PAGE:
So Proposal One will prohibit publishing, broadcasting or using words in a public place that are threatening, abusive, or insulting to anyone on the grounds of a wide range of factors. It would also prohibit expressions with intent to excite hostility or ill-will against or bring into contempt or ridicule on a wide range of grounds. These grounds include political opinion, ethical opinion and religious belief, all of which should send chills down the spines of anyone who even claims to be remotely liberal.
Threats and abuse are actions that give rise for concern, but the state does not exist to protect people from being insulted because of what they think. Likewise, exciting hostility (which is threatening) also gives rise for concern, but ill-will, contempt and ridicule are entirely legitimate emotions against political ideologies, ethical positions and religious dogmatism. Christians should not be protected from Monty Python, which intends to ridicule their religion, but neither should Muslims be protected from Charlie Hebdo. I shouldn’t even have to explain why political and ethical positions shouldn’t be protected.
So what about Proposal Two?
This is where it gets a little complicated, because it proposes to amend one of the Sections discussed in Proposal One by replacing it altogether.
It proposes to replace the criminal provision in the Human Rights Act (S.131) with a provision in the Crimes Act and replace the words “excite hostility, ill will, bring into contempt or ridicule” with “incite” or “stir up” “hatred.
It would be a crime to:
1. intentionally incite/stir up, maintain or normalise hatred
2. against any group protected from discrimination by section 21 of the Human Rights Act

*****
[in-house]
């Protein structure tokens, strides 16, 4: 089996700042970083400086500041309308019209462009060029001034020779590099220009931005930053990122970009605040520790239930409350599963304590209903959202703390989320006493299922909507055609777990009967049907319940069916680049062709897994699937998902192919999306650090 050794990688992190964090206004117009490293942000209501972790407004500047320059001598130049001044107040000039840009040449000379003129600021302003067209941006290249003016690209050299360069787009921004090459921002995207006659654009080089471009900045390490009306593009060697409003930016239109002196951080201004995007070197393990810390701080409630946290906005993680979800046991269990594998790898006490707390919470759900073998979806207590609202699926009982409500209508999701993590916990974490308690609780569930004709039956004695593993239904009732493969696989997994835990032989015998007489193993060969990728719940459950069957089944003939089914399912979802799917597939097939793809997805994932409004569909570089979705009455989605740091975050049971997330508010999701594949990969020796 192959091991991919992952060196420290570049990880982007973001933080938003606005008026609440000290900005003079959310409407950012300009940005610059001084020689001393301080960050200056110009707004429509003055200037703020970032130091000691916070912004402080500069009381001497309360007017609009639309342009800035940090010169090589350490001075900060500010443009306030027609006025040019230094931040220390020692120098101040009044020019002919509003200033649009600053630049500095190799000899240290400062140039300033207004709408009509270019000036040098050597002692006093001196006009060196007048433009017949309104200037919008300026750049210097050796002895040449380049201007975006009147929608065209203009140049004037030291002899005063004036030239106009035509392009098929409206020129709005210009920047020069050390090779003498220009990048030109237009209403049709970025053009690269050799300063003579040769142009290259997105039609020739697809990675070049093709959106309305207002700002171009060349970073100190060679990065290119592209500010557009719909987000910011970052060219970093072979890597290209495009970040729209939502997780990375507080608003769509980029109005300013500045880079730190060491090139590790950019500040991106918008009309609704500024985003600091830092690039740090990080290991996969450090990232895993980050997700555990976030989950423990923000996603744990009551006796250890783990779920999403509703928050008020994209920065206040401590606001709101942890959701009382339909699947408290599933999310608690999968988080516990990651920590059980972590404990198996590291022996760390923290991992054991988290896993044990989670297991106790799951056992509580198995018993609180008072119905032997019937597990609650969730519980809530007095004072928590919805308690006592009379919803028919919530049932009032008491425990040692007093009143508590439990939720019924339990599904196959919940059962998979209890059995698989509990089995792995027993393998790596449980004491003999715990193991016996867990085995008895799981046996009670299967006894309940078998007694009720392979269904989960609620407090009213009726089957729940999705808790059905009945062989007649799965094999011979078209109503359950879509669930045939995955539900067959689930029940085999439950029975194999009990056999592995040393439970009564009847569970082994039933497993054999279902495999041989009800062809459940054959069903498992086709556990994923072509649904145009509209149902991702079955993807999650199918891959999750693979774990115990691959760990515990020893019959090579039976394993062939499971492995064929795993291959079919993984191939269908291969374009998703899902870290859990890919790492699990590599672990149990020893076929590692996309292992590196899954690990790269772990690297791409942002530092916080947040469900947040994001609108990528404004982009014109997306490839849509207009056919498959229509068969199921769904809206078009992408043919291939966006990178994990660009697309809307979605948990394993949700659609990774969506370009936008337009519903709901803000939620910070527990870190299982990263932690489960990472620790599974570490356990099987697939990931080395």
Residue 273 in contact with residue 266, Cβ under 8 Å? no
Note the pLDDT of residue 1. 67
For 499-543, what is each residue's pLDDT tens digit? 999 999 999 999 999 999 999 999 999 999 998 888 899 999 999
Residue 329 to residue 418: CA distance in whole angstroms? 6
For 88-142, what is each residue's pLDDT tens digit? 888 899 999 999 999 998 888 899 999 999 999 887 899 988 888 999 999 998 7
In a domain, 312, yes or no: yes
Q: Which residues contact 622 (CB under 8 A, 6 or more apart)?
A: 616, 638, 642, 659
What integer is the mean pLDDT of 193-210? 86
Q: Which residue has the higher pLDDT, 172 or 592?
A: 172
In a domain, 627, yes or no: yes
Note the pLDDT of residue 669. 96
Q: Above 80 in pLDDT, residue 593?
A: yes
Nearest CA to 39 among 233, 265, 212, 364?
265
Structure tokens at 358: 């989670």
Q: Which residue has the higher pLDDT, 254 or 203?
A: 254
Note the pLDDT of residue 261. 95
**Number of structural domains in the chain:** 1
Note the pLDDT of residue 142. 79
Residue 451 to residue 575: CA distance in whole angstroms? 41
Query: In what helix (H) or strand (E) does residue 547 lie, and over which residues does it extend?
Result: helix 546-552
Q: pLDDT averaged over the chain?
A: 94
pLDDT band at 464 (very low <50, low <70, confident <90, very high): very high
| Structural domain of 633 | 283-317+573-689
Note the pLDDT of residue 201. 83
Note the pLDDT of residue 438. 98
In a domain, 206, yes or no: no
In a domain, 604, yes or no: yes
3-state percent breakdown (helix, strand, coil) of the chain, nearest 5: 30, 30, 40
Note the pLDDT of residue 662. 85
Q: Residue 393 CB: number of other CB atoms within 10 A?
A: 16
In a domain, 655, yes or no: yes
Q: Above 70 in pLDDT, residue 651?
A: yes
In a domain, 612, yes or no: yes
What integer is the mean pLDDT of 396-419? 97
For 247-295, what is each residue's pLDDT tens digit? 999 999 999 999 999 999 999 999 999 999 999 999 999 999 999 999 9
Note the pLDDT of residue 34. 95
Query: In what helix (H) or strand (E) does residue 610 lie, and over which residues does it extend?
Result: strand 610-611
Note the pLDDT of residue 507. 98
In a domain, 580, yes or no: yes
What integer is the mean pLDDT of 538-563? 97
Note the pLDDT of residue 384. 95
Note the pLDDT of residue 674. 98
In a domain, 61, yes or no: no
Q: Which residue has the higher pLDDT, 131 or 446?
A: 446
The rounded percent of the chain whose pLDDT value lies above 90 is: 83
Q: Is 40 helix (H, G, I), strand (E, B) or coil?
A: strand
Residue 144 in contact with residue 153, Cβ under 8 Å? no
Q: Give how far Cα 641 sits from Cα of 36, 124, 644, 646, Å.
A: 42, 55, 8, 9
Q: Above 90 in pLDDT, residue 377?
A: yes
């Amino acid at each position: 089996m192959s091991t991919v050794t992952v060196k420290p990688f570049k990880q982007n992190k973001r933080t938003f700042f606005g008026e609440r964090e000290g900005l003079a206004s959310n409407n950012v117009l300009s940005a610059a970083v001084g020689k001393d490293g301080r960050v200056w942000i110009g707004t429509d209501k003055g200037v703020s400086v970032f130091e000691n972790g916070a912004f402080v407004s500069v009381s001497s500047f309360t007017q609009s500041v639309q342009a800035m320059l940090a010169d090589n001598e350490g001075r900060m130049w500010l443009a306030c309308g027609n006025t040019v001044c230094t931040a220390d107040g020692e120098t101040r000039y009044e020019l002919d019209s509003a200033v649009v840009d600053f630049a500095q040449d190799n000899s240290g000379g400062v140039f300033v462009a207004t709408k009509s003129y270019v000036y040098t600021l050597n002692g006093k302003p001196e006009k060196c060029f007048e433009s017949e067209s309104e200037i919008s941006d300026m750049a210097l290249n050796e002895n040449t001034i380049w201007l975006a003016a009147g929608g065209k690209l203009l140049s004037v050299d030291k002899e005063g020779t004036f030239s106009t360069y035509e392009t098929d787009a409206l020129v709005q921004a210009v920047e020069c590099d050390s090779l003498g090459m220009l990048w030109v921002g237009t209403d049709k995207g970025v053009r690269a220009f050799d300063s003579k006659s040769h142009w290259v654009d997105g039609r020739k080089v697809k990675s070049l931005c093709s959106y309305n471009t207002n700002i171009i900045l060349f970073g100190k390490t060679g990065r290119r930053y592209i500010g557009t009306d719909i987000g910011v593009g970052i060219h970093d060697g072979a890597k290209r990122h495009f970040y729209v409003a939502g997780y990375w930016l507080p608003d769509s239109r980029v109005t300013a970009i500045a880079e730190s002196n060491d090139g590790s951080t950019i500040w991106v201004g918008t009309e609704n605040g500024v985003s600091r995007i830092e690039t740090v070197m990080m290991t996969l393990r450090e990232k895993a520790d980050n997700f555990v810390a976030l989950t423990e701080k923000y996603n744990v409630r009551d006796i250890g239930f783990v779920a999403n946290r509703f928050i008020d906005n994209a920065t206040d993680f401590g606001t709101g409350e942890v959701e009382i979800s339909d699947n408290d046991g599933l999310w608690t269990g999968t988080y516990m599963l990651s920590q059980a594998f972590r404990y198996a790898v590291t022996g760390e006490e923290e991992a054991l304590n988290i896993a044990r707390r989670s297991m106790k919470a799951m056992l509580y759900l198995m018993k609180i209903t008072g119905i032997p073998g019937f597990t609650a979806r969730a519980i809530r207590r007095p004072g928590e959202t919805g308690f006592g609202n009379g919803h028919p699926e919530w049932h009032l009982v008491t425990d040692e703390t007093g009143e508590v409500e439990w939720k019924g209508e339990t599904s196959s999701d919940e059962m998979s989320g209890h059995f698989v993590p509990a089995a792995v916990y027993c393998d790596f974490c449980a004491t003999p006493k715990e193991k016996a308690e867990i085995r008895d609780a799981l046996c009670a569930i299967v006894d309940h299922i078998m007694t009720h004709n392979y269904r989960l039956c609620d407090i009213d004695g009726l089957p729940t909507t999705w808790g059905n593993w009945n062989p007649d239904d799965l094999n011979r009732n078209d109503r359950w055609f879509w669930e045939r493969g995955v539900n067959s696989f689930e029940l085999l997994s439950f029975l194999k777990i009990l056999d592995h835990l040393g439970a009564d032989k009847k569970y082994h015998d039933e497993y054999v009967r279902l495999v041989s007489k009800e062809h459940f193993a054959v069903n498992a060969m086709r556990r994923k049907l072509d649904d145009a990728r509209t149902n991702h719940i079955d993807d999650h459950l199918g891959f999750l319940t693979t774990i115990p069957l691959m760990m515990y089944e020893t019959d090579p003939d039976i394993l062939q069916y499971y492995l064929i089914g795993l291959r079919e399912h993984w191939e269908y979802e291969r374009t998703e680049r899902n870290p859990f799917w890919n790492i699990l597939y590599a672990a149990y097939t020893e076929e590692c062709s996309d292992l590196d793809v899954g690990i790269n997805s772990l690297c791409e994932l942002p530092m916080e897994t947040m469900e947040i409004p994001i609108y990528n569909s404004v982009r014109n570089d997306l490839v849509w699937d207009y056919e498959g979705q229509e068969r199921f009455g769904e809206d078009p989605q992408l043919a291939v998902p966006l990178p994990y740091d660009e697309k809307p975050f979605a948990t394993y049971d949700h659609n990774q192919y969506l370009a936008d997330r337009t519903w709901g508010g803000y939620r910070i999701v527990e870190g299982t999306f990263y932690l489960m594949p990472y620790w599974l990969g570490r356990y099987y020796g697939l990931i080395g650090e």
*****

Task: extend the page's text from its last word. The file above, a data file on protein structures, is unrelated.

3. through threatening, abusive or insulting communications, including inciting violence
4. made by any means.
This has a kernel of merit. There should be clear provisions on inciting violence, but it should not be confined to groups listed in S.21 of the Human Rights Act, it should apply to ANYONE. Similar threatening communications should be illegal as it is threatening an initiation of force.
However, it once again wants to criminalise abuse and insults if the intention is to incite hatred. However, once again, why should there be protection on the grounds of political belief or ethical belief? Why shouldn’t people hate communists, advocates of sex with children or ISIS? What is morally wrong with inciting hatred against groups that advocate violence against others? The obvious question is what about all other groups? Should the law make it a crime to stir up hatred against groups based on immutable characteristics? Most importantly, where does religion fit into this? Religion is sometimes an identity equivalent to ethnic identity. After all, the divisions in Northern Ireland aren’t really about the source of interpretation of scripture, but a form of tribalism – and such hatred is utterly toxic and irrational. Yet religion itself is a source of power, and ethical and political belief, and so should not be protected from those who hate those beliefs. Dr. Richard Dawkins and the late Christopher Hitchens both regarded all religions will contempt and even hatred, so why should that be at risk of prohibition? Indeed why should similar beliefs by the religious against atheists also be prohibited?
However there is more to this. How will inciting hatred be interpreted? Is challenging Maori ethno-nationalism going to be seen as inciting hatred against Maori? Is challenging trans-gender activism going to seen as stirring up hatred against trans-gender people? How much of an incentive is there for protected groups to claim this is exactly what critics are seeking to do? If the answers to this are unclear, then this proposal should be rejected as well.
I'm all for a clear criminal provision on inciting violence and expressing threats to anyone (of any form of initiated force or fraud), but the idea there should be a law against promoting hatred against groups defined by what members of those groups think, or that it can be used to shut down criticism of what people think because it is claimed to be about their protected status is fundamentally illiberal and unacceptable in a free society.